Machine Embroidered Luggage Tags

I’m taking my first trip on a plane in two and a half years at the end of this month! I’m both excited and a bit nervous. Something that is helping me get over the latter is prepping my travel gear.

I decided I wanted to spruce up my rather minimalist luggage with a peppy new personalized luggage tag. I figure it’ll be a great way to distinguish it among the other bags as it comes rolling off the luggage carousel.

This little project was super fast and easy and you can customize any of these steps. You can also find a number of in-the-hoop (ITH) luggage tags, or even key tags, fyi, to even further simplify the process. But I found this straightforward method worked well for me.

Using the largest hoop for my Janome Skyline S9, I set up my fabric; two layers, wrong side together, with a piece of medium weight stabilizer sandwiched in between.

Next I used the Janome AcuEdit app to set up my monogram for the luggage tag. Using the script font that comes with the app, I varied the size (medium, large, medium) of my initials just to make it a little more fancy.

Using the Copy tool, I duplicated the image to make four up at a time.

This was the perfect opportunity to break out my metallic thread from Madeira. This thread works wonderfully for machine embroidery.

These were pretty heavy on the stitching but each image went pretty quickly.

I ran upstairs while the third image was being stitched up and fully intended to be back downstairs in time to switch over to a new colour (metallic green!) but something must have caught my attention and I got distracted. By the time I came downstairs, everything was done. Opps!! My fault for not setting the colours in the Janome AcuEdit app. That simple step would have automatically stopped after each set was done. Next time!!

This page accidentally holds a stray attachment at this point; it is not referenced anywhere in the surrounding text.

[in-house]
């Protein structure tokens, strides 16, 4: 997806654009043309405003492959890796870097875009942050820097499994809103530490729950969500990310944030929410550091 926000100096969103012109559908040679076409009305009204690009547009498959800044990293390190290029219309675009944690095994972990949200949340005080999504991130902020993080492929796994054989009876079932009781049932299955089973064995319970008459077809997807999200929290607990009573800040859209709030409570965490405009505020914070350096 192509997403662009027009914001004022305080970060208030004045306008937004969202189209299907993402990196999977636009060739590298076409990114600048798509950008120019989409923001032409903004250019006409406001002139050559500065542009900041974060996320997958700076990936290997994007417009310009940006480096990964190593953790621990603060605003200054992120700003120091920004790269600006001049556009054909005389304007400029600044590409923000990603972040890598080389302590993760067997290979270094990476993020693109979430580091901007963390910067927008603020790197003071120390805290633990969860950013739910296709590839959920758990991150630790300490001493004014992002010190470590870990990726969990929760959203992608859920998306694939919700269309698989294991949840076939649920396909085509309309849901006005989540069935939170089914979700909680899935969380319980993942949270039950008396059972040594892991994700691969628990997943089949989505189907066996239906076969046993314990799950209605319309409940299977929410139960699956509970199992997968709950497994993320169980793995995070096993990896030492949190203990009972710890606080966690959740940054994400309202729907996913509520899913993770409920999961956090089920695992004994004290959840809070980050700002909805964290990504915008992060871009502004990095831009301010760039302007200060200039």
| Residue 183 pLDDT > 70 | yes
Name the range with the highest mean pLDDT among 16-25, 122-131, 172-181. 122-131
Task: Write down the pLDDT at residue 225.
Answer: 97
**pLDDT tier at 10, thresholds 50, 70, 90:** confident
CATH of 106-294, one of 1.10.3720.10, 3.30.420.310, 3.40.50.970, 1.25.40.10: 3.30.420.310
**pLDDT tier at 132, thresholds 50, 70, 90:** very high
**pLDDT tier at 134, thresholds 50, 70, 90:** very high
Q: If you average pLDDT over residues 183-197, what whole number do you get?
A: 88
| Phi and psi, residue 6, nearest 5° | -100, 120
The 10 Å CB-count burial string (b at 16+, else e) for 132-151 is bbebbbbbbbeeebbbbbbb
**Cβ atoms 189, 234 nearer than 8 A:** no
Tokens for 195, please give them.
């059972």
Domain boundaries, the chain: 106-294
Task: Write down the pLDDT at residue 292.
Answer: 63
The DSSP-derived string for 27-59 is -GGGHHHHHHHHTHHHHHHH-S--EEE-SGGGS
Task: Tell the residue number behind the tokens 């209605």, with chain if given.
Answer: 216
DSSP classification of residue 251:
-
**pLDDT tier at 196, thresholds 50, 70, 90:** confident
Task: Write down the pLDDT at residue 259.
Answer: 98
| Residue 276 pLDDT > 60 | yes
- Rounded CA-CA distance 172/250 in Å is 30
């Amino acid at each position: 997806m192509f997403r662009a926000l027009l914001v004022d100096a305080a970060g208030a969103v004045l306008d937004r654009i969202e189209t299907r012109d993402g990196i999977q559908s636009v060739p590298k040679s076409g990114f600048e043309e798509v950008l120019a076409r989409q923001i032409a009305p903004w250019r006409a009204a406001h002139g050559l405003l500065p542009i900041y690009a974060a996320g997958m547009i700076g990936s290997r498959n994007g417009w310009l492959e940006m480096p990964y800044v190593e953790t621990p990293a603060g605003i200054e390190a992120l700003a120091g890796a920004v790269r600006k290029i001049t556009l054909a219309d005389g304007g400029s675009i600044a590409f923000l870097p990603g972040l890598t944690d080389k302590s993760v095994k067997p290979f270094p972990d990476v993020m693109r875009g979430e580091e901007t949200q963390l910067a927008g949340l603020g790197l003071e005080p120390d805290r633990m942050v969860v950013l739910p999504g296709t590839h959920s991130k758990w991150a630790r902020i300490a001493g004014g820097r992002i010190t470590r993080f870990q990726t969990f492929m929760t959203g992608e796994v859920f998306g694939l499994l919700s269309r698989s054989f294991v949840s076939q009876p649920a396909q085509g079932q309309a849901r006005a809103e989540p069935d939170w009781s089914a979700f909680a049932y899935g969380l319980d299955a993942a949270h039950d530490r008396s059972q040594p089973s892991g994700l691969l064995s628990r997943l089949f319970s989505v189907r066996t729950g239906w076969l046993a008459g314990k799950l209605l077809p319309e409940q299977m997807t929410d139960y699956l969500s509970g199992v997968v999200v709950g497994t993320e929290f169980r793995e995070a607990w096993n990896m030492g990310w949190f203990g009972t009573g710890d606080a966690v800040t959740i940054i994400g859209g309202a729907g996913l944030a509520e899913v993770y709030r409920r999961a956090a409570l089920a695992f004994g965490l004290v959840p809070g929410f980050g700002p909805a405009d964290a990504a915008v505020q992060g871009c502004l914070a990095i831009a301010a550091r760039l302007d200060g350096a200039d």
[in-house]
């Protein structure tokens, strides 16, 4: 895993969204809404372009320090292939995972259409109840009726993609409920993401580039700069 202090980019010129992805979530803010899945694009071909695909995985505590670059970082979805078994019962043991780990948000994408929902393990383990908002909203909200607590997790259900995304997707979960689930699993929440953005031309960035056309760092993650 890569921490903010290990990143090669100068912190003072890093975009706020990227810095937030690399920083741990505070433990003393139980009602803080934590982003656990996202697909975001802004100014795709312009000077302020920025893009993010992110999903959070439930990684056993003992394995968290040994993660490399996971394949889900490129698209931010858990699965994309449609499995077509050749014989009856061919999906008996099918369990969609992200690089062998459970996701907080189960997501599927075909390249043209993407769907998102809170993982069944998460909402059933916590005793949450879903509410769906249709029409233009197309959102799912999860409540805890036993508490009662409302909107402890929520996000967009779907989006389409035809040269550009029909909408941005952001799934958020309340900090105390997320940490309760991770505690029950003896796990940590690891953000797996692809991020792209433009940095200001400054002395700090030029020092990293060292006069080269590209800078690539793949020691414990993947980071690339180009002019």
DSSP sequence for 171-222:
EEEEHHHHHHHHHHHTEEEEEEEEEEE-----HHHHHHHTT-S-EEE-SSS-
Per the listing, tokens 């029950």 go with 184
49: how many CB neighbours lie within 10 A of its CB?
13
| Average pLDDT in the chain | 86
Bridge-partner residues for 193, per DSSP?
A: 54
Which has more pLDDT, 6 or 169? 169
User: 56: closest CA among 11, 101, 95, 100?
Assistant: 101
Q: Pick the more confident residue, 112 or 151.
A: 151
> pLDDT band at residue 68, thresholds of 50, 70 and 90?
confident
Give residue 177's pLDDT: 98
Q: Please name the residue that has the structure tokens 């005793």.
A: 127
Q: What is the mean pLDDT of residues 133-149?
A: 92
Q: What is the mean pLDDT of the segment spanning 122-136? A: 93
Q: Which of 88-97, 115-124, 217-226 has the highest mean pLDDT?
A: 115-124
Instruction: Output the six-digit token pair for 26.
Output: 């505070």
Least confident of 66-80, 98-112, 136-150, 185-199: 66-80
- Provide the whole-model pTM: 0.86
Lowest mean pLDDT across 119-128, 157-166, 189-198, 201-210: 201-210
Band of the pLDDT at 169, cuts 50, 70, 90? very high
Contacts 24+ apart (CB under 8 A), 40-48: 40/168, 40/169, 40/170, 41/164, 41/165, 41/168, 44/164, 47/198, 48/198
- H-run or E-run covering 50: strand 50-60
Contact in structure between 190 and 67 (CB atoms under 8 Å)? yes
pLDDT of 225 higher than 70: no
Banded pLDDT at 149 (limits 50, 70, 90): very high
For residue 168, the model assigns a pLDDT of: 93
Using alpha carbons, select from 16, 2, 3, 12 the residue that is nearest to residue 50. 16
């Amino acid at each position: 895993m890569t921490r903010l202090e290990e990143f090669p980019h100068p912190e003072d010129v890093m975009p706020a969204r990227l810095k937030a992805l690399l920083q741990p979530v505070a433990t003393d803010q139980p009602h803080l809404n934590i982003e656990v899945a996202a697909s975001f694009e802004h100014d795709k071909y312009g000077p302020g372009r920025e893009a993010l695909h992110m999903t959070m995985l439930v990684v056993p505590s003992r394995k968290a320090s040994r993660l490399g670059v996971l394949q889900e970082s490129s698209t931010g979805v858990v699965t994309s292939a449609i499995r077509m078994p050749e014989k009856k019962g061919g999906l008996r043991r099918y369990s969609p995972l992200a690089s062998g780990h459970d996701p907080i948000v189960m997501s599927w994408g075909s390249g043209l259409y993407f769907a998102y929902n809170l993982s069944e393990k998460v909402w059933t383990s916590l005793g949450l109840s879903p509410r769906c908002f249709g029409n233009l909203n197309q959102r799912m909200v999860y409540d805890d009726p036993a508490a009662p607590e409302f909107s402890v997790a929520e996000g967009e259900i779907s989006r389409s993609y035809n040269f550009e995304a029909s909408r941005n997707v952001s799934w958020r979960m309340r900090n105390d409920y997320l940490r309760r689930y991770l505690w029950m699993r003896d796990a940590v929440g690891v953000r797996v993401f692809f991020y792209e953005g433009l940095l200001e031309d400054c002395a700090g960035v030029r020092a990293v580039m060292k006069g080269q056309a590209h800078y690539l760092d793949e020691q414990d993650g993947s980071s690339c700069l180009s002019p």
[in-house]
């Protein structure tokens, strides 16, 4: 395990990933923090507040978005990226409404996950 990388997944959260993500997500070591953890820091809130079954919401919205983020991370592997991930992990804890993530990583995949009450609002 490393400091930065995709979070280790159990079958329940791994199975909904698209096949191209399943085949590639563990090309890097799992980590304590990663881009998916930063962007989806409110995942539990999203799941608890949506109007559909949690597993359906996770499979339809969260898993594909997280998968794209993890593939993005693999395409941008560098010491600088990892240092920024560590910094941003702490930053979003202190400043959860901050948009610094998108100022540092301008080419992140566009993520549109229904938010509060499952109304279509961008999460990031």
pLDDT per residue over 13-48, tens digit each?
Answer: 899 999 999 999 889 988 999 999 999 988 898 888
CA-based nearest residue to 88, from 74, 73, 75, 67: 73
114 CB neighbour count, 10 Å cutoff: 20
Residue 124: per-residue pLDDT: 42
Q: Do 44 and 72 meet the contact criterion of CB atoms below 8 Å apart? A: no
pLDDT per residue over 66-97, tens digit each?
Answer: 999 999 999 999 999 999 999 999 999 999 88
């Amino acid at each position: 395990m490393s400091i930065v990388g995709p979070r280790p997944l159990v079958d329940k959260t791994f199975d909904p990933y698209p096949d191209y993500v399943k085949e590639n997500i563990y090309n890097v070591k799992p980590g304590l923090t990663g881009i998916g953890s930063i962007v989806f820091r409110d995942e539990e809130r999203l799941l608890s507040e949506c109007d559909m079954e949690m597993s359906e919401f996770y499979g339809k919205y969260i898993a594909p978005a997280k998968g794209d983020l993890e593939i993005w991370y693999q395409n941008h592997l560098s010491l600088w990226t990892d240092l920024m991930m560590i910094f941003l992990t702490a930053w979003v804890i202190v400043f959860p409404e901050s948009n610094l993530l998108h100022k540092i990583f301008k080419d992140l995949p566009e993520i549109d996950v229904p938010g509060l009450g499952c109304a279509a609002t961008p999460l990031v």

Once these were done, I made myself a luggage tag template. Basically I drew out a tag shape I wanted to use and cut it out on heavy card stock. Using this card stock, I marked each tag out on the fabric using chalk.

At this point, I switched my Janome Skyline S9 from embroidery over to sewing, which is done with literally the touch of a button.

Using the Janome Satin Stich Foot (F) I set out to stitch the outline of the luggage tags using the satin stitch.

I played around with adjustments to the width and density of the satin stitch considerably. I finally settled on a very concentrated stitch but a smaller width.

These changes are really easy to make with just a press of a button to increase or decrease width and stitch density (length). I did a number of test stitches before I settled on this final set-up.

Once I had stitched around the outline of the luggage tag, I carefully trimmed the excess fabric.

Finally, using the Janome Automatic Buttonhole foot (R) and one of the buttonhole stitches, I made a buttonhole at the top of the tags to insert a piece of ribbon to attach the tag to my luggage.

All set for my trip!!!

Well.. except I still need to pack! Unfortunately, that’s one thing my Janome sewing machine can’t help me with.

Do you love packing for trips or are you like me and put it off to the last possible moment? What travel related sewing projects have you done?

This entry was posted in Janome Sewing Machine, Skyline S9 and tagged , , , , , , , , , , , , , . Bookmark the permalink.

2 Responses to Machine Embroidered Luggage Tags

  1. momwil44 says:

    Cute tags but I think you should include last name and phone number so they can easily contact you when your luggage is lost. I know they can identify you from the tag they attach. My neighbors luggage showed up after she returned home from Europe two weeks later.

    Like

    • janomeman says:

      Thank you for your feedback and suggestions. The great thing about these luggage tags is that they’re a blank canvas to be customized however you wish. That’s part of the fun! Happy Sewing!

      Like

Share your comments

Fill in your details below or click an icon to log in:

WordPress.com Logo

You are commenting using your WordPress.com account. Log Out /  Change )

Twitter picture

You are commenting using your Twitter account. Log Out /  Change )

Facebook photo

You are commenting using your Facebook account. Log Out /  Change )

Connecting to %s